Monday, April 21, 2014

In the Garden - Starting Seeds

April is the time my heart really begins to sing for my garden. As the weather warms and the soil dries out after a long winter, it's time to look after garden clean-up and to plan for the growing season. It's also a great time to start seeds in Southern Ontario. The rule of thumb is to start seeds about 6 weeks prior to the last frost, which is approximately mid-May in these parts.  Of course, always refer to the information on the seed packets to be sure of how long your specific variety requires. I buy most of my plants as nursery stock, because we don't have great light for starting seeds indoors. But Boo and I like to start a few things from seed as well. Kids love to watch things grow, and the magic of a little seed sprouting out into a plant is pretty cool.

This post isn't so much a how-to on starting seeds, but some ideas on the types of containers you can consider. I'm a big fan of re-using and re-purposing, so I have a few suggestions for you!

When looking for containers to start my seeds, I prefer to use materials that can readily break down and add organic matter to the soil. You can purchase peat pots or peat pellets at the garden centre if you want to go that route. Or, you can use items you already have around the house. Like ...

1. Egg shells. When you crack your eggs for breakfast or for whatever recipe, try to break the shell close to the pointed end. Rinse the larger part of the shell and set aside for later planting. Bonus - egg shells provide lots of calcium for the soil as they break down.

2. Egg cartons. The cardboard kind, not styrofoam. Remove the lid and add soil to the individual compartments. Once the seedlings are ready to transplant to the garden, cut or tear the sections apart.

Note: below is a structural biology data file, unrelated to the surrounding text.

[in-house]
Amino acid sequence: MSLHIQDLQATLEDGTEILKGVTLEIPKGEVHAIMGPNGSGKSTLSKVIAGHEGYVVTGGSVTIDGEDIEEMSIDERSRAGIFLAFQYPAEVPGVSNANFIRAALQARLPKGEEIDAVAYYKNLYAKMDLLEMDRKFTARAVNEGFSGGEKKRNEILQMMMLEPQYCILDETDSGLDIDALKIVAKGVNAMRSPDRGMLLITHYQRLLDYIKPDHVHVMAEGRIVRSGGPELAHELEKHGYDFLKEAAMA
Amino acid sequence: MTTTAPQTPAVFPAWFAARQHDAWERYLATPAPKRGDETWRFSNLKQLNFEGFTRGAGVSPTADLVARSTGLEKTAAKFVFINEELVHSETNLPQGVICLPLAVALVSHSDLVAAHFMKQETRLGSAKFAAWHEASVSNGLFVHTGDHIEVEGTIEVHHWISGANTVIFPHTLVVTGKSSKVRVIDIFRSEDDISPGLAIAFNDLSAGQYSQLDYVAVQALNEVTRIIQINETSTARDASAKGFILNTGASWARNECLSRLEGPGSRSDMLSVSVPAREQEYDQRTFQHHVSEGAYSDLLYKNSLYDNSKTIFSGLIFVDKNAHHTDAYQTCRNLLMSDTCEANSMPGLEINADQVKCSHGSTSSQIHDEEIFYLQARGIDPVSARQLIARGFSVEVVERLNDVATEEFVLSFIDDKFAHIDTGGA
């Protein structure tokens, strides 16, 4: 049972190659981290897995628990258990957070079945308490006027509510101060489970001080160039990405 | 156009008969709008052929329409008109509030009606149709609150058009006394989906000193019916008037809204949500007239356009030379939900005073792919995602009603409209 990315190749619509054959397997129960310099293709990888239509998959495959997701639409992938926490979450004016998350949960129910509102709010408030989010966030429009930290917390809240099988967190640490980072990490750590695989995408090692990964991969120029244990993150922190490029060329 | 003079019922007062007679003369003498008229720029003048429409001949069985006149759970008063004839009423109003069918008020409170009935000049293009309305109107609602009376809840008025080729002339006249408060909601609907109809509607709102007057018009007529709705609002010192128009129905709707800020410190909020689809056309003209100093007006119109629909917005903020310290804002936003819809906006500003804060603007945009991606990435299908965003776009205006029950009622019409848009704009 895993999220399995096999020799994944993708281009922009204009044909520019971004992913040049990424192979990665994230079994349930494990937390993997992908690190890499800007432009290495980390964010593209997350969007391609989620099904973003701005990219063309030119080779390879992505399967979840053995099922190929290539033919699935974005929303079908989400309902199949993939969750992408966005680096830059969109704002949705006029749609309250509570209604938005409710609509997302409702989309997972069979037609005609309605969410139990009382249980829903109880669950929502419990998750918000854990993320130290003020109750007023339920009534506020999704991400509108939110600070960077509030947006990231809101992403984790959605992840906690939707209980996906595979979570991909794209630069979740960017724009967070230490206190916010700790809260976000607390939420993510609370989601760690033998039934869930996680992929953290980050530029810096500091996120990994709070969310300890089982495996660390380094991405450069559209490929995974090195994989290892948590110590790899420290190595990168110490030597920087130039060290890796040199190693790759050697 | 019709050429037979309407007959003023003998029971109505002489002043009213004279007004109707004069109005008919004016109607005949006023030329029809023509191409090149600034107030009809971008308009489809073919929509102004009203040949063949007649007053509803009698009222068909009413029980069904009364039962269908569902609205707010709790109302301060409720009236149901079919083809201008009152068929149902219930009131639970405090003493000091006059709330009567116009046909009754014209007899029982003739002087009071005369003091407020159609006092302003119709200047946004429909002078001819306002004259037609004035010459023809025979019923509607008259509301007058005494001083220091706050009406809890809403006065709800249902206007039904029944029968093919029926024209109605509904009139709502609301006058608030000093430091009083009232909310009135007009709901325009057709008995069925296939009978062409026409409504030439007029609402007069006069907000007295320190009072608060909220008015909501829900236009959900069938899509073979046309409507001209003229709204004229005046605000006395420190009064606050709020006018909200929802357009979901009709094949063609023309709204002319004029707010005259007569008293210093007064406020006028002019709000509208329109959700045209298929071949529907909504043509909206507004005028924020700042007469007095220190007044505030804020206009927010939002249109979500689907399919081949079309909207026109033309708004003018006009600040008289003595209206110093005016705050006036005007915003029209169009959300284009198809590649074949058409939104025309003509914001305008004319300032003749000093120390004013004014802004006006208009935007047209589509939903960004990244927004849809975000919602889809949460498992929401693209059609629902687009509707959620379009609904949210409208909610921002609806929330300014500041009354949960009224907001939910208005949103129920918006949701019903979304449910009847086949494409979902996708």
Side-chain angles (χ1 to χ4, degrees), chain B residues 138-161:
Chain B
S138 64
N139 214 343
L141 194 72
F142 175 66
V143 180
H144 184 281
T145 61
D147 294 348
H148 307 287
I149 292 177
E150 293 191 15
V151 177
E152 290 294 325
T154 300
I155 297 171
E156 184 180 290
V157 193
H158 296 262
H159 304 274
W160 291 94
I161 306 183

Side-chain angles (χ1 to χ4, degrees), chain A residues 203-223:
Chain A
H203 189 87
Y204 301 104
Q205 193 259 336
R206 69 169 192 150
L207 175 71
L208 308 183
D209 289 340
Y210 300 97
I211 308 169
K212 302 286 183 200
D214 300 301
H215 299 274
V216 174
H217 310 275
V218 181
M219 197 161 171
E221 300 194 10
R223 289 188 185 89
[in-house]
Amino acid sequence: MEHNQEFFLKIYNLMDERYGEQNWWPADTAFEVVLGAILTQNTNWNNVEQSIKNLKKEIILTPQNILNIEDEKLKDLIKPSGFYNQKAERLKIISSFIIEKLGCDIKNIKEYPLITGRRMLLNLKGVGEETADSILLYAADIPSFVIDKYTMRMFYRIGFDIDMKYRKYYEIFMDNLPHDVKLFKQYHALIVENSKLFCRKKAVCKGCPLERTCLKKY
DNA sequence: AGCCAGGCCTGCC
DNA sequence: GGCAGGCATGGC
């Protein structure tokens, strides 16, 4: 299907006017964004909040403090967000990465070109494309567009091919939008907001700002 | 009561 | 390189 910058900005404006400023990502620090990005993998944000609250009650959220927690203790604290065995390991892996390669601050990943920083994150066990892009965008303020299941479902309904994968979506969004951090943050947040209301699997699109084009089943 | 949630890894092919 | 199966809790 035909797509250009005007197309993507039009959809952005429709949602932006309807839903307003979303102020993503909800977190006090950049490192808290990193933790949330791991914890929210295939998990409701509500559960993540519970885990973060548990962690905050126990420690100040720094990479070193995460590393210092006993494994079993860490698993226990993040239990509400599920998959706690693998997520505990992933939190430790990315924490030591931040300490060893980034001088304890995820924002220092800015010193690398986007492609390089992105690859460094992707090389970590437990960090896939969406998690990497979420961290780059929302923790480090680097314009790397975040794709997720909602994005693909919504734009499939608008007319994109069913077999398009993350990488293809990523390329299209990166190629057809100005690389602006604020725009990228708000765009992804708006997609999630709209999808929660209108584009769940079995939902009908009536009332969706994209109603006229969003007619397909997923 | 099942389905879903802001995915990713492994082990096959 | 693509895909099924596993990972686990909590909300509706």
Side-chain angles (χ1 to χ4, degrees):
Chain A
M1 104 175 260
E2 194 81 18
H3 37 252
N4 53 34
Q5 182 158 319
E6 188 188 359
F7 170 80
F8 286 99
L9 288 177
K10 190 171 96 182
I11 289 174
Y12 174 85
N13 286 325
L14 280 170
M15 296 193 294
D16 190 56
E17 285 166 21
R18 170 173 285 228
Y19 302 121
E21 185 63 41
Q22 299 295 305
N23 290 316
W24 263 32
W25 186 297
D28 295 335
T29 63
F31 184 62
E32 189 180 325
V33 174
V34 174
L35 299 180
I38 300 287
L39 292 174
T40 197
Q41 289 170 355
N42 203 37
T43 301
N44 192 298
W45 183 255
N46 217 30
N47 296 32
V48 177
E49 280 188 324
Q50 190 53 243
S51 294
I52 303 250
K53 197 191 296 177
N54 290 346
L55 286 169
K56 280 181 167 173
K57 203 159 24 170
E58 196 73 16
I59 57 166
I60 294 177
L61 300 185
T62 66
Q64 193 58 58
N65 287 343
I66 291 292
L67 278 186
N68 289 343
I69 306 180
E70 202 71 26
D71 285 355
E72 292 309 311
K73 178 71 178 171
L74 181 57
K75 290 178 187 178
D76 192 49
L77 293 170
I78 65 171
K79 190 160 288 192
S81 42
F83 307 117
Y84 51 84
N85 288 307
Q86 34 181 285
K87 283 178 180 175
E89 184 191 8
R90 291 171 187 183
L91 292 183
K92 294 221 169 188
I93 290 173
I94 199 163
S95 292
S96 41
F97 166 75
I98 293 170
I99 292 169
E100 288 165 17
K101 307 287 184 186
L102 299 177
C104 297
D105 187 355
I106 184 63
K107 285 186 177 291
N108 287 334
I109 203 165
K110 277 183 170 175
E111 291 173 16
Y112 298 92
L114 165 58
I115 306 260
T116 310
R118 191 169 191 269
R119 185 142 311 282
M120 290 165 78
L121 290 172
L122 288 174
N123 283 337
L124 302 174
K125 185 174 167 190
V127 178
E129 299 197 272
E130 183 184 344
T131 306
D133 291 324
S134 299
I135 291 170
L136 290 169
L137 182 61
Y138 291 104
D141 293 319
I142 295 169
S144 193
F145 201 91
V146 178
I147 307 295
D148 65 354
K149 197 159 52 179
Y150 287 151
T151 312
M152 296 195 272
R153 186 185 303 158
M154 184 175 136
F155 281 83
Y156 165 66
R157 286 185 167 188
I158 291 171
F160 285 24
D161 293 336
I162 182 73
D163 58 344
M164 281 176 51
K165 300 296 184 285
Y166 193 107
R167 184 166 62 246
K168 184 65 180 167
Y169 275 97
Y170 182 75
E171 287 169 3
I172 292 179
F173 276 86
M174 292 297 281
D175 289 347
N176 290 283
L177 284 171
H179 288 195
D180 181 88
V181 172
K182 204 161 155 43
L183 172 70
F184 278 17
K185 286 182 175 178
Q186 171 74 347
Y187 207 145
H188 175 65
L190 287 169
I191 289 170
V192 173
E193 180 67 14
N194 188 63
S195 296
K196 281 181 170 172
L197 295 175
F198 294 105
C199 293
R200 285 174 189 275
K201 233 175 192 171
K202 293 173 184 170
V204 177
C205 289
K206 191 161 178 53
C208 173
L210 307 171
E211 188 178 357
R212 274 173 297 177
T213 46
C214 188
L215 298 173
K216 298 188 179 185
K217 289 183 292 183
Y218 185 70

3. Empty toilet paper rolls. Cut four slits approximately 1 inch, evenly spaced, on one end. Fold in the resulting four tabs to create a bottom.

Any of these options will hold your soil and seeds and can be planted directly into your garden when the time is right. You won't disturb delicate roots, your seedlings will have an easy and smooth move, and the containers will slowly break down into the soil.

Of course you can also use things like empty yogurt or pudding containers. You will need to carefully remove seedlings from these containers to transplant, so it's a little more touchy, but the containers work great. Just try not to disturb the roots too much. Either gently squeeze the sides, while holding the seedling close to the soil and pulling gently (upside down), or use scissors or garden shears to cut the container away.

Especially if you are using biodegradable materials, you will need a tray of some sort to keep the surface underneath the pots dry and clean. Purchased kits will come with a covered tray, but have a look around and see what you have already. And old cake pan, or even foil pie trays work great. How about clamshell containers from the bakery? Built in cover to keep in the humidity! If you have styrofoam egg cartons, use those to hold your eggshell plants. If don't have anything to hand to keep your egg shell planters upright, check out your local dollar store. You should be able to find a variety of disposable foil trays and pans there for $1 - $2 each, or even less. Pack your shells or other containers in snuggly. I picked up a super, covered, foil casserole dish for $1.25 at my dollar store. Having a cover over your seeds aids in keeping the soil moist and the temperature warm enough for germination. You can remove the cover once the seedlings are an inch or so tall. If your tray/pan/etc. doesn't have a clear lid, cover your seed containers with plastic wrap.

What do you think? Do you start seeds indoors? What kids of containers have you used?

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